Open Access News

News from the open access movement

Sunday, May 11, 2008

Remembering the public domain for open data

John Wilbanks, On the Erosion of the Public Domain, John Wilbanks' blog, May 10, 2008.  Excerpt:

...The public domain is not an “unlicensed commons”. The public domain does not equal the BSD. It is not a licensing option.

It is the natural legal state of data.

It is a damn shame that we no longer think of the public domain as an option that is attractive. It’s a sign of the victory of the content holders that the free licensing movements work against that something without a license – something that is truly free, not just just free “as in” – is somehow thought to be worse. We’ve bought into their games if we allow the public domain to be defined as the BSD. The idea of the public domain has been subjected to continuous erosion thanks to both the big content companies and our own movements, to the point where we think freedom only comes in a contract.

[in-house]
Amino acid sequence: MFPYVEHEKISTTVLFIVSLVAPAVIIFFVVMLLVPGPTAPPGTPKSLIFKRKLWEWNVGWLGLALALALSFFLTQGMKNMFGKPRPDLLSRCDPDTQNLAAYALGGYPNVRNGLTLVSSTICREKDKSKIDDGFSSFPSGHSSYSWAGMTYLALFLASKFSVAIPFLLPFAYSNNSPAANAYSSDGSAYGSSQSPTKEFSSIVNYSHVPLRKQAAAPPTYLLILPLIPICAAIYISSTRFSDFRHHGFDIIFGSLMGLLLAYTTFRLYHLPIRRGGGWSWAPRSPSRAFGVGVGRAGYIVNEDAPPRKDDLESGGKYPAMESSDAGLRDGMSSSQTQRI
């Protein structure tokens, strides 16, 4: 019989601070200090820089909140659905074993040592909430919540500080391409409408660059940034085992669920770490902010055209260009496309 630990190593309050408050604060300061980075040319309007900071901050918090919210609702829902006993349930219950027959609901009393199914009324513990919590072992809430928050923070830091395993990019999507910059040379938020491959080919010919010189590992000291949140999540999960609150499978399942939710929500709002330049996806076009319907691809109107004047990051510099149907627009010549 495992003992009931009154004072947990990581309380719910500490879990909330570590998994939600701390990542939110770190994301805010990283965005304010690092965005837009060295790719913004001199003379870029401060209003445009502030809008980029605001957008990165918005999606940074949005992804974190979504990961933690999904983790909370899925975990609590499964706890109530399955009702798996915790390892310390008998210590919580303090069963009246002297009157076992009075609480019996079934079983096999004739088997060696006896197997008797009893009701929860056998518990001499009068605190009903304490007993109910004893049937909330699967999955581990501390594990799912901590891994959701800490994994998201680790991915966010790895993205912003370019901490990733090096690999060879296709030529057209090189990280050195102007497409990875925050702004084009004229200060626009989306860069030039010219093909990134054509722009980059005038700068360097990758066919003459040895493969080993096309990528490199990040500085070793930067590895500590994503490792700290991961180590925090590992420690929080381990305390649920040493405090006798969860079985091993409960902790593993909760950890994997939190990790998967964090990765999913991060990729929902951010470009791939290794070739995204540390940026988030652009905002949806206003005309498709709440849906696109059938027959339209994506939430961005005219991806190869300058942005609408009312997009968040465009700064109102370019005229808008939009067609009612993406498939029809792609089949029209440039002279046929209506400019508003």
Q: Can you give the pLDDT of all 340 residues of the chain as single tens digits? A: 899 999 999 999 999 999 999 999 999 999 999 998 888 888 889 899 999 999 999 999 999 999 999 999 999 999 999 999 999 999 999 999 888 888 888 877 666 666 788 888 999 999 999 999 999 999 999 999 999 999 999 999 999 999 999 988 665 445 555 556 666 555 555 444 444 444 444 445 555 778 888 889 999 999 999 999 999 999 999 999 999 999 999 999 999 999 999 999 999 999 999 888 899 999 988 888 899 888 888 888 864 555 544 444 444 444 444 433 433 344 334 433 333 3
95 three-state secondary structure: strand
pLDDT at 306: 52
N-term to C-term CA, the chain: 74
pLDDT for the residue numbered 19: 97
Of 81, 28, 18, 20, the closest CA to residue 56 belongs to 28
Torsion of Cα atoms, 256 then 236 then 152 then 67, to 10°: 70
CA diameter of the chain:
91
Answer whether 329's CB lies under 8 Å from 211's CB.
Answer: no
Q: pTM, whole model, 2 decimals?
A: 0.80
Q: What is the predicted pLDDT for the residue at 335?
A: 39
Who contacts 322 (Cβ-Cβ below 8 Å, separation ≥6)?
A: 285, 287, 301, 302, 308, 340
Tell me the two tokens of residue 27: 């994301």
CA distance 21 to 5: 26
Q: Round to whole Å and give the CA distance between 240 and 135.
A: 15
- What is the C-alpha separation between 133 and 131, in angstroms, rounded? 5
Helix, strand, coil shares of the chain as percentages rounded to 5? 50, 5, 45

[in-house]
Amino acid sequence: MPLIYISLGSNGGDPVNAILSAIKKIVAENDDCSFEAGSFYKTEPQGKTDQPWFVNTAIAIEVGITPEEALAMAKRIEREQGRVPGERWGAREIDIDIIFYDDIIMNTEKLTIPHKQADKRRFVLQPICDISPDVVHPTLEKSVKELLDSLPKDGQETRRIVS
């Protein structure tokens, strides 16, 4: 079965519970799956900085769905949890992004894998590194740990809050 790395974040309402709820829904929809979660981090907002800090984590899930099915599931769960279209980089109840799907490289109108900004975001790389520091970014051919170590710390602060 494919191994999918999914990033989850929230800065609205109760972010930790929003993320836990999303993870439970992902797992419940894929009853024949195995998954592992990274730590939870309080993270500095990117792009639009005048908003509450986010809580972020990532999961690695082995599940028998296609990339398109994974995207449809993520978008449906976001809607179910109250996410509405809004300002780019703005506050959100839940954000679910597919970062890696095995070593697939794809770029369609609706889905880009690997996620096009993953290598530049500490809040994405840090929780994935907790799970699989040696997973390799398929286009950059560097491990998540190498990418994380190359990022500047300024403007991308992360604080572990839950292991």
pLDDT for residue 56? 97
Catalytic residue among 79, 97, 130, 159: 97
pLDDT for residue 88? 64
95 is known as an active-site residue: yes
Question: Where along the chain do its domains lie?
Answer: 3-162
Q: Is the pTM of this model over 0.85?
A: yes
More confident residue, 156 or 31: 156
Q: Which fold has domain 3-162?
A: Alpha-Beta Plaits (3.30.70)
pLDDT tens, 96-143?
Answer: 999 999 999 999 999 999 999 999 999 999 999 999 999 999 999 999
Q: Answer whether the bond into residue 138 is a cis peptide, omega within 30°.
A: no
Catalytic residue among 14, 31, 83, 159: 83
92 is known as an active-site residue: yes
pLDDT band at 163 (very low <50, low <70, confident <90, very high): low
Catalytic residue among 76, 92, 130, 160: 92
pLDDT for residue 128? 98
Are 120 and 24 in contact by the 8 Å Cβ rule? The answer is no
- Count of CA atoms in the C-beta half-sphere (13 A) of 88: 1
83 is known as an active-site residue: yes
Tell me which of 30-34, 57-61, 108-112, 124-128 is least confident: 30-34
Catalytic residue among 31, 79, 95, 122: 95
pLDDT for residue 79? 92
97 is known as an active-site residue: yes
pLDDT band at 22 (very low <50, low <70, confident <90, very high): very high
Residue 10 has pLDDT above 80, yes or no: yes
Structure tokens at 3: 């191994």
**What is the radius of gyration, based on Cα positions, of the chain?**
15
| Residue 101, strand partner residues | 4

The public domain is not contractually constructed. It just is. It cannot be made more free, only less free. And if we start a culture of licensing and enclosing the public domain (stuff that is actually already free, like the human genome) in the name of “freedom” we’re playing a dangerous game....

Speaking as someone who got into this two years ago convinced SA [ShareAlike] was the way for data, this stuff is complicated....

I don’t know the answers. But I do know that if we start to frame “public domain data v. viral data” as “BSD v. GPL” that we’ve already lost the debate, because we’ll have bought into the erosion of the public domain that led to the need for commons licensing in the first place.

PS:  For a longer version of John's defense of the public domain for open data, as opposed to open licenses for open data, see the Science Commons Protocol for Implementing Open Access Data or my blog post on it from December 2007.